Jonny’s ethos is studio. He gave me total autonomy over what I wanted to do with Sessions. I've been very lucky. He's completely trusted me. We both took a risk on each other, not really knowing what to expect. I feel very fortunate to be cooking here and be with my team, able to express myself daily on the plate.

 Do you have any rituals in the kitchen?

I like to be start my day before everybody else. Coffee. Get my head around the service ahead. Make my list. There’s always a sharpie pen clipped to my collar and biros in my hair. I often speak to the kitchen about how service is like a kind of dance you do every day.

 What fiddly job, or mindful distraction do you enjoy?

On Mondays we do prep with no service. There’s no adrenaline from service and so you need to find self-motivation. I love those quiet, mundane, Monday moments. De-boning a quail. Breaking anything down in prep is satisfying. When you’re cooking your phone is nowhere near you. You’re here for the dish in front of you and you haven’t got any space to think about anything else. It's still the place I love being more than anywhere else.

 How do you get the best out of your lovely team?

In a way, I’m here to selfishly steal the wonderful bits from them, and then work on the bits that need to be better. I'm very honest with them. I’ve had most of my Sessions team for two years and I love watching them grow. I’ve worked in some not-nice kitchens and I would never want to perpetuate that kind of negative cycle. There’s no need for the old-fashioned belittling or aggressiveness. You see these people more than your family. And here at Sessions we have a tiny kitchen under the stairs, so if one person has a bad mood we all feel it. I work hard to keep things positive. A packet of Skittles can go a long way to get your team through the day.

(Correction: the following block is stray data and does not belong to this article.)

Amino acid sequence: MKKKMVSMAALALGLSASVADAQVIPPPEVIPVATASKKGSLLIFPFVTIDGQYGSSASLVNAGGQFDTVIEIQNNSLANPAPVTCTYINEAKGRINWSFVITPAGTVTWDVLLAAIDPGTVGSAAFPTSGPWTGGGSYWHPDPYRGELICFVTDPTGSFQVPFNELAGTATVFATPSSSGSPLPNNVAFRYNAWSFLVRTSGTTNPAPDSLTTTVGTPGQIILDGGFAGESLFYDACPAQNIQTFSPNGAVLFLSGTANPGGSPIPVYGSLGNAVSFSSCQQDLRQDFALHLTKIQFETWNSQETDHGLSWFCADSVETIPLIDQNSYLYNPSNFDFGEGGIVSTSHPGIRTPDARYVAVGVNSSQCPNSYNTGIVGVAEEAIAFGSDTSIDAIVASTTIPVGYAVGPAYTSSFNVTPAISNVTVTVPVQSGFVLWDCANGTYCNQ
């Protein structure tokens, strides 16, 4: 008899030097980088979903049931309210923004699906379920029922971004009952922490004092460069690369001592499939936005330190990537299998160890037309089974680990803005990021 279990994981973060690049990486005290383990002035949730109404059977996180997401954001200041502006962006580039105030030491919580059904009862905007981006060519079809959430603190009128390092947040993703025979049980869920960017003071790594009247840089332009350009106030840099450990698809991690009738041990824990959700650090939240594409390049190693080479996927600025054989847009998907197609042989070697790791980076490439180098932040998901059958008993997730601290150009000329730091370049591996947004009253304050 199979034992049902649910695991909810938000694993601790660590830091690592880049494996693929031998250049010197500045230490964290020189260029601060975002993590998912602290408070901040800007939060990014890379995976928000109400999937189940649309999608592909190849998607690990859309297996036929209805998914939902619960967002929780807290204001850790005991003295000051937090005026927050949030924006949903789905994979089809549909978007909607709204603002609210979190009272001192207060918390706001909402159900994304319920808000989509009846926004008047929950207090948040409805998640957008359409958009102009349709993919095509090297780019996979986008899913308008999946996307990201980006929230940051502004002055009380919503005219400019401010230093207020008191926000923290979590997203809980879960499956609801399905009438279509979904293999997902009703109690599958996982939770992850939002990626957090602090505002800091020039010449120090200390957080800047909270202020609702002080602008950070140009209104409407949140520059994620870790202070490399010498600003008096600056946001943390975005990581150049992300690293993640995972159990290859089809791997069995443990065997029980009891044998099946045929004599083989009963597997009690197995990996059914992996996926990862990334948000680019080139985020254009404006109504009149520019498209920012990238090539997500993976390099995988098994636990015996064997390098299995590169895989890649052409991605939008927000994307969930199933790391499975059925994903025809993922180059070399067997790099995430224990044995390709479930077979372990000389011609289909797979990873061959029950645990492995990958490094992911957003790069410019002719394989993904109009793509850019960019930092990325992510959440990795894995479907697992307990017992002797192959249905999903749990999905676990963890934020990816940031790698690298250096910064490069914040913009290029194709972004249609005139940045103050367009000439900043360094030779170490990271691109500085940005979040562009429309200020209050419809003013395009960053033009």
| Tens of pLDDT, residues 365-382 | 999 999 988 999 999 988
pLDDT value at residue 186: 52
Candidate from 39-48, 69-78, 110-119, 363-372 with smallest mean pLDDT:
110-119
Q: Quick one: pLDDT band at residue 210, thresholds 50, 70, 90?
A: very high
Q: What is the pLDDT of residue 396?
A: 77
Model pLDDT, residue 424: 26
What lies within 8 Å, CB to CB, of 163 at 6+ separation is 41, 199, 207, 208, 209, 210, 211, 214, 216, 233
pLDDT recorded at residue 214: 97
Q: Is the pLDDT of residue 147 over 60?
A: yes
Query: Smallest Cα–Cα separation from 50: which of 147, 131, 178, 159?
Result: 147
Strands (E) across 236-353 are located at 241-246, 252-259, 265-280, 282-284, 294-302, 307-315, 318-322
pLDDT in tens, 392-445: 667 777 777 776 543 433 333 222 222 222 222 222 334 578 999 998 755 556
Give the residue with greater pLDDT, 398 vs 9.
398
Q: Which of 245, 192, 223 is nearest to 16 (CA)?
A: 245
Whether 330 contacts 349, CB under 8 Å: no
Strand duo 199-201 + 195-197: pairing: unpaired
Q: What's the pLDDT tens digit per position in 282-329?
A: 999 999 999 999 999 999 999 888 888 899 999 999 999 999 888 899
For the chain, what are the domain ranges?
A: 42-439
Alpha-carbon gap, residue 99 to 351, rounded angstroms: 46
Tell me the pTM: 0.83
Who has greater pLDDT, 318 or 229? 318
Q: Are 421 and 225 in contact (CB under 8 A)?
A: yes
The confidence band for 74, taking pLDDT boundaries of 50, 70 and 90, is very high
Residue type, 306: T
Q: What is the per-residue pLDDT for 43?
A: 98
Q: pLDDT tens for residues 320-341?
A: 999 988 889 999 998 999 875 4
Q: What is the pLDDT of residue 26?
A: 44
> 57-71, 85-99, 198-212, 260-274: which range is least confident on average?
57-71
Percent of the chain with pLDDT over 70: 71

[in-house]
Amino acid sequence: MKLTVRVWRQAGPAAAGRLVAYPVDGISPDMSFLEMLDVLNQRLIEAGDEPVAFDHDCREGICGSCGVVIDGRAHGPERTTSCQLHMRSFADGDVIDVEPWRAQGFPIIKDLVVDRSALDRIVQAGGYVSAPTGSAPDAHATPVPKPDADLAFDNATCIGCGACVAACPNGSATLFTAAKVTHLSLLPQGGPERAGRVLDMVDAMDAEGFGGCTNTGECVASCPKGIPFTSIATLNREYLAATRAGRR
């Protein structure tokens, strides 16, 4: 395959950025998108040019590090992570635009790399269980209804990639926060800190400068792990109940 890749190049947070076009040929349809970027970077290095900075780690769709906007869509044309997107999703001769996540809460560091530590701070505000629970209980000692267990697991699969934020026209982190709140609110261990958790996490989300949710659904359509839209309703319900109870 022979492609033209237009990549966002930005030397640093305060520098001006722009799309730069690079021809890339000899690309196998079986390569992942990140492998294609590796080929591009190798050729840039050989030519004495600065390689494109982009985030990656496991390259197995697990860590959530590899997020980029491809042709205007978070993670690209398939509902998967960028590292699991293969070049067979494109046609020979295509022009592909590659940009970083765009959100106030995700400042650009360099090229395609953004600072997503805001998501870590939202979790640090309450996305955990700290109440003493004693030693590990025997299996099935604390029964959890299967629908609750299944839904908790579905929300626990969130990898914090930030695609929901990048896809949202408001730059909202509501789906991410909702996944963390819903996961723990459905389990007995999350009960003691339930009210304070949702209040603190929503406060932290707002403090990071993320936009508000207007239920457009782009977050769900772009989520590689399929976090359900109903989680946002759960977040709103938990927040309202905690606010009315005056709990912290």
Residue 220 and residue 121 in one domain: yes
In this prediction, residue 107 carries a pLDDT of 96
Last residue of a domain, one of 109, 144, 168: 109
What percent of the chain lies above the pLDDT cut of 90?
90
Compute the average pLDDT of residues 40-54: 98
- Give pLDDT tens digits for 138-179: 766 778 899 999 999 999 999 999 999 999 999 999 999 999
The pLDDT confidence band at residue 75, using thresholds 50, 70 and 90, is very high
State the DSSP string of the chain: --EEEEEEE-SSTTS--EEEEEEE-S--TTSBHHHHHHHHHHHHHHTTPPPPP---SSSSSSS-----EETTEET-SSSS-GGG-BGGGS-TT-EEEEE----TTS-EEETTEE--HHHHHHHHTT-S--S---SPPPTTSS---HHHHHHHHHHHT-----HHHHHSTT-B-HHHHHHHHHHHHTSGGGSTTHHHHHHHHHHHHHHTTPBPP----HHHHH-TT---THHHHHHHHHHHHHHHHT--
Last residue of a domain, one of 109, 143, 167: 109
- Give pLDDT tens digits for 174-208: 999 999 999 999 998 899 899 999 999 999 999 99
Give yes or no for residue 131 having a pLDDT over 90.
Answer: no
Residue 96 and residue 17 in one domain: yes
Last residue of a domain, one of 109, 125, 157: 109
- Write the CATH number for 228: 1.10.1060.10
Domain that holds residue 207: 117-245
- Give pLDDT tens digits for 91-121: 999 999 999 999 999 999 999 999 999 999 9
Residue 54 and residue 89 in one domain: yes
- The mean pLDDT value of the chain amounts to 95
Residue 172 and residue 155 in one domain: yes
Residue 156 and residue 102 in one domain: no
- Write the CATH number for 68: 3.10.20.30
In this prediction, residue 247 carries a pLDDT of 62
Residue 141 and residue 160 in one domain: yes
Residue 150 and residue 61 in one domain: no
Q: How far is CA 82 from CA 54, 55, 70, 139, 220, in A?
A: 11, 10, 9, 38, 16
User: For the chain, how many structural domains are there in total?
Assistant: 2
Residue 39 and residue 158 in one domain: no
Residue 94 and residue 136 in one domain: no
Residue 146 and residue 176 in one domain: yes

What makes for good dinner?

Good ingredients. It might be a boring answer but you really can’t do anything without food produce. Buy the best within your budget, and pay attention to things like ripeness, temperature. Nothing worse than a cold burrata or tomato. Oh and never throw your pasta water away.

And how about when you are at home cooking for yourself?

I eat nursery food at home. Healing and high protein. I love an omelette. I love steak and eggs. It needs to be quick.

Best thing to put on toast? Marmite. Your idea of happiness? Richard and the children. Your idea of misery? Being alone. Sexist Smell? Fig leaves. You are DJing the last party on earth. What last song are you playing? Baltimore by Nina Simone. A painting you love? Anything by Milton Avery or Bonnard. Most overused word? Fuck. Besides London, best town or city in the world? Paris. Worst bad habit? Not being kind enough to myself. Best album to listen to in full? Naturally by J. J. Cale Most treasured possession? I’m not sure I care about stuff that much. There’s a book my brother sent me, that had a handwritten note in from out dad. I hadn’t seen his handwriting for a long time and it’s something special to me.